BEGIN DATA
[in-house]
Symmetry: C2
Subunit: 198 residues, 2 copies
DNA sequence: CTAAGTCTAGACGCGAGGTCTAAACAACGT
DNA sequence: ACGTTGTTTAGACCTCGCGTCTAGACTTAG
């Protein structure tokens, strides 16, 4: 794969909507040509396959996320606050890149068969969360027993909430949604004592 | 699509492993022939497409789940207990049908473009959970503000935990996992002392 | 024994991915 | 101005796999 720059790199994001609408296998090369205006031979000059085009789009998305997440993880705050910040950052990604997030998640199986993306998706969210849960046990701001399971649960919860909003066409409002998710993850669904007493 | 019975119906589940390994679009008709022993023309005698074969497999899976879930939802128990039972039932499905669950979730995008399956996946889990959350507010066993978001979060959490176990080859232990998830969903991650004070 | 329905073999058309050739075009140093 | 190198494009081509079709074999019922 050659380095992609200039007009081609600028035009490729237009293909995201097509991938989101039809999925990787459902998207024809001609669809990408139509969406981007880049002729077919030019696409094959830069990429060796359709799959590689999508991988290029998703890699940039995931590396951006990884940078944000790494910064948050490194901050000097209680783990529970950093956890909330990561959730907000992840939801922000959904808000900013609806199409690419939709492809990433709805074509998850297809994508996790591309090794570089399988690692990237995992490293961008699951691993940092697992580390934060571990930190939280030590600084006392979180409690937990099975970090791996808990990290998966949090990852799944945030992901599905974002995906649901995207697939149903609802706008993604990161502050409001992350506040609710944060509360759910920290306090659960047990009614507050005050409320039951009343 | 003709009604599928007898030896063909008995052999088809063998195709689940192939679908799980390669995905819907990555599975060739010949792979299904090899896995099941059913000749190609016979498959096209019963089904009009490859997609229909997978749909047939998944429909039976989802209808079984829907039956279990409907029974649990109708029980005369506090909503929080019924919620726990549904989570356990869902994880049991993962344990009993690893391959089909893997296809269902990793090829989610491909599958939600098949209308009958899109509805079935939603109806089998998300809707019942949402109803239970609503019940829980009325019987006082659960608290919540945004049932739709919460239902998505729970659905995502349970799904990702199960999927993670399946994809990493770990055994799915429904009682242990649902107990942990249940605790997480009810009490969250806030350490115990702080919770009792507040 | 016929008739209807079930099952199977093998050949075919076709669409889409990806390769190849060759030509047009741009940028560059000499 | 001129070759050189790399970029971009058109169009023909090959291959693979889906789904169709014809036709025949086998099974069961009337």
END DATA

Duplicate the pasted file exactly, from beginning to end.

[in-house]
Symmetry: C2
Subunit: 198 residues, 2 copies
DNA sequence: CTAAGTCTAGACGCGAGGTCTAAACAACGT
DNA sequence: ACGTTGTTTAGACCTCGCGTCTAGACTTAG
């Protein structure tokens, strides 16, 4: 794969909507040509396959996320606050890149068969969360027993909430949604004592 | 699509492993022939497409789940207990049908473009959970503000935990996992002392 | 024994991915 | 101005796999 720059790199994001609408296998090369205006031979000059085009789009998305997440993880705050910040950052990604997030998640199986993306998706969210849960046990701001399971649960919860909003066409409002998710993850669904007493 | 019975119906589940390994679009008709022993023309005698074969497999899976879930939802128990039972039932499905669950979730995008399956996946889990959350507010066993978001979060959490176990080859232990998830969903991650004070 | 329905073999058309050739075009140093 | 190198494009081509079709074999019922 050659380095992609200039007009081609600028035009490729237009293909995201097509991938989101039809999925990787459902998207024809001609669809990408139509969406981007880049002729077919030019696409094959830069990429060796359709799959590689999508991988290029998703890699940039995931590396951006990884940078944000790494910064948050490194901050000097209680783990529970950093956890909330990561959730907000992840939801922000959904808000900013609806199409690419939709492809990433709805074509998850297809994508996790591309090794570089399988690692990237995992490293961008699951691993940092697992580390934060571990930190939280030590600084006392979180409690937990099975970090791996808990990290998966949090990852799944945030992901599905974002995906649901995207697939149903609802706008993604990161502050409001992350506040609710944060509360759910920290306090659960047990009614507050005050409320039951009343 | 003709009604599928007898030896063909008995052999088809063998195709689940192939679908799980390669995905819907990555599975060739010949792979299904090899896995099941059913000749190609016979498959096209019963089904009009490859997609229909997978749909047939998944429909039976989802209808079984829907039956279990409907029974649990109708029980005369506090909503929080019924919620726990549904989570356990869902994880049991993962344990009993690893391959089909893997296809269902990793090829989610491909599958939600098949209308009958899109509805079935939603109806089998998300809707019942949402109803239970609503019940829980009325019987006082659960608290919540945004049932739709919460239902998505729970659905995502349970799904990702199960999927993670399946994809990493770990055994799915429904009682242990649902107990942990249940605790997480009810009490969250806030350490115990702080919770009792507040 | 016929008739209807079930099952199977093998050949075919076709669409889409990806390769190849060759030509047009741009940028560059000499 | 001129070759050189790399970029971009058109169009023909090959291959693979889906789904169709014809036709025949086998099974069961009337």